Audible Feast > Reviews > Slate’s Working: How We Work ★★

Slate’s Working: How We Work ★★

There are several podcasts out right now that are educational in nature AND popular on the iTunes charts … Dan Carlin’s Hardcore History, Stuff You Should Know, Planet Money, Freakonomics Radio, Stuff You Missed in History Class, and the list goes on. I typically like to get lost in a storytelling podcast, but one of my other favorite genres is this crop of educational programs that teach me something. It helps me communicate with other humanoids and gets me out of my mom/engineer world.

I’m also fascinated by what people actually do in their jobs. Sometimes you ask someone what they do and they tell you their title, or say “I’m a doctor.” But I’m curious what fills up your day, what the challenges are, and what skill sets they need to do that job. How did they get into it? Are they on call? What’s good and bad about the job? These are the things I ask people when I’m trying to get to know them.

Slate’s Working combines a few genres of podcasts – interview, educational, and storytelling – and tries to answer the above questions about how people work by simply asking someone in a given profession, “What do you do?”  In addition, they try to pull out of the interviewee how they feel about their job, which adds a nice emotional and storytelling side to the podcast.

Episodes are typically 20-30 minutes which is a good length for the content. Readers – you know one of my primary judgment areas for an interview show is THE HOST! This podcast’s hosts seem to be entering the revolving door and quickly exiting. I don’t know why and it causes a lack of continuity. If they rotated the episodes with different hosts that would be fine (like Planet Money) but there will be 9 with one person, then the next 15 will be with another host. I can’t even find information on who the hosts are. Also, the production value of this show is seriously lacking. Episodes tend to just stop abruptly. It’s like the timer went off and OH! It’s over! I like the content, but feel the effort is kind of half-assed. My Mike-Rowe-in-Dirty-Jobs goal as producer of the show would be to sprinkle in more totally fascinating jobs with some of the every day jobs and get that download rate up. I want to hear the day in the life of a high level drug dealer, an air marshal, a CEO of a mid size company, and a shepherd.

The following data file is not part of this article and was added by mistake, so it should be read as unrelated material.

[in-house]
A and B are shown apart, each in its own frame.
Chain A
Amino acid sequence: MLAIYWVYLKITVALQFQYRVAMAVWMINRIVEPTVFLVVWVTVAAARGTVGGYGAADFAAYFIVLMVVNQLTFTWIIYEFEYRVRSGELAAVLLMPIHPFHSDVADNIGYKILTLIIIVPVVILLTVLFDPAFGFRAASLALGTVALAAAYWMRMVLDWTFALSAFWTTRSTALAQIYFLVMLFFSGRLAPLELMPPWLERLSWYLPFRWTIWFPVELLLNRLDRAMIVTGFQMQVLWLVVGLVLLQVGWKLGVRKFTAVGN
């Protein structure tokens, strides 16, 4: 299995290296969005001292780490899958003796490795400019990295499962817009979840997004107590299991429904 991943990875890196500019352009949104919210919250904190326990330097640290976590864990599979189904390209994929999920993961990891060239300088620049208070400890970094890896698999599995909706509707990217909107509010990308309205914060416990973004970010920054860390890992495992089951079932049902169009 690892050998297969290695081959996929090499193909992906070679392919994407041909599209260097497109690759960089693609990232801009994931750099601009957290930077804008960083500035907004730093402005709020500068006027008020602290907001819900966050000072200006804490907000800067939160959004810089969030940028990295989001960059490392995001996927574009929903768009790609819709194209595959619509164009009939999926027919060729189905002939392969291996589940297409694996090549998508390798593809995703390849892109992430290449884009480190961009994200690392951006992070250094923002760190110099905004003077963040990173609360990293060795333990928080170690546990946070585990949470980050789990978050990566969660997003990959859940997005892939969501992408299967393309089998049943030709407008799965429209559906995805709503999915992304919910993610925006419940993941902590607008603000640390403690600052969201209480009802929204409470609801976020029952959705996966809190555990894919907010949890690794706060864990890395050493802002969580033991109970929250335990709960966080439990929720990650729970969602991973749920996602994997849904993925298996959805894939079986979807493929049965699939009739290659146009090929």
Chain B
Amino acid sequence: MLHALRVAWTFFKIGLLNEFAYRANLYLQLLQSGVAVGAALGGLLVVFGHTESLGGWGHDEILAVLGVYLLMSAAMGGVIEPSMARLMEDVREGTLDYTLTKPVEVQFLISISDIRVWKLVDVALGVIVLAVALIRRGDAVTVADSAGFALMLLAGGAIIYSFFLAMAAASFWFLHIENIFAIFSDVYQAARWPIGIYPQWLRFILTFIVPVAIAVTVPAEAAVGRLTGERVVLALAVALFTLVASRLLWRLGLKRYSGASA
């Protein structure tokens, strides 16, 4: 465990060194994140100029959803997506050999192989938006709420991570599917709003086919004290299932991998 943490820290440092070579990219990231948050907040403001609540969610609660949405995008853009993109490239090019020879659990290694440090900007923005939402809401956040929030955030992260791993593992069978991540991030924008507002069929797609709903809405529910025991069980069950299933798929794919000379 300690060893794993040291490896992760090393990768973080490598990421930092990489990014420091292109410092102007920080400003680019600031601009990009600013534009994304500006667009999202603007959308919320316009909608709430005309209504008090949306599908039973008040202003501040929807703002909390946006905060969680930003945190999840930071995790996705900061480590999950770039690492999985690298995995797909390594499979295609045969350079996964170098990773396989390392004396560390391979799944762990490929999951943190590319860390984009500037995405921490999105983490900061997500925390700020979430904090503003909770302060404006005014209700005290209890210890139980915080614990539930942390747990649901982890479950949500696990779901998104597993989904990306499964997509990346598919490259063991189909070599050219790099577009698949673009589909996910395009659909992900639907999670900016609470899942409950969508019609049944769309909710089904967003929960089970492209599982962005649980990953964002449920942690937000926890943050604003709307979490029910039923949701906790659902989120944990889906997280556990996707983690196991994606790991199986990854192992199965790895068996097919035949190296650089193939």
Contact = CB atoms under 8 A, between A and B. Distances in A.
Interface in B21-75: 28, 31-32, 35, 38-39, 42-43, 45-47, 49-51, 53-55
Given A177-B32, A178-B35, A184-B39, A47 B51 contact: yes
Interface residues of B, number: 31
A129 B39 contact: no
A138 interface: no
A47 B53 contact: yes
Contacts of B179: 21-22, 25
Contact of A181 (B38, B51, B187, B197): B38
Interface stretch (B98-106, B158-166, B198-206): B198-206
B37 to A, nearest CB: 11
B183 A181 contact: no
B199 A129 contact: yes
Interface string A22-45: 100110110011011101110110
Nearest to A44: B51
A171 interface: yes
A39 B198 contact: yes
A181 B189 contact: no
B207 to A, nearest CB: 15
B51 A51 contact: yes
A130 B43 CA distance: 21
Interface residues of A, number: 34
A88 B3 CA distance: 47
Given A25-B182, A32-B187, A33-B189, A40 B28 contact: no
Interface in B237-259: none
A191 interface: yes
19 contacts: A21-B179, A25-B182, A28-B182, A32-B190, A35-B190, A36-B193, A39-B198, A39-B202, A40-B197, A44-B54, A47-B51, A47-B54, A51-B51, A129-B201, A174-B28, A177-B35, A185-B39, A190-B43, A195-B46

What do you think of this podcast? Leave a comment below and let’s discuss!

Audible Feast Ratings

Educational Value (5 / 5)

Pop Culture Value (1 / 5)

Host Listen-ability (3 / 5)

The hosts are a problem on this show. Some are great, but they seem to not stick around long enough for me to enjoy them long term. It’s as if the hosting spot is filled by a temp or an intern. Some of the hosts are really awful, with unclear radio voices and who seem to be reading directly from a script. I guess if that’s the job then sure, you can have an intern do it. But the show could benefit from a little more experienced hosting as it could draw out more thoughtful questions a la Terry Gross.

Flow & Production Value (2 / 5)

Poor transitions and it always seems like there is a lot of background noise. Assuming this is paid for primarily by Slate, its production value is significantly inferior to many podcasts who are basically completely independently produced.

Humor (2 / 5)

Investigation (2 / 5)

Storytelling (3 / 5)

Makes Me a Better Person: (2 / 5)

Overall Audible Feast Rating:  (2 / 5)

You May Also Like … 

KCRW’s Here Be Monsters, Fresh Air, StoryCorps, Surprisingly Awesome

References

Slate’s Working

 

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  1. […] It is part of the Panoply network, and I have not been kind to Slate in the past (see my review for Working) so I guess I’m not surprised at my reaction to this show. Once again, it is a […]

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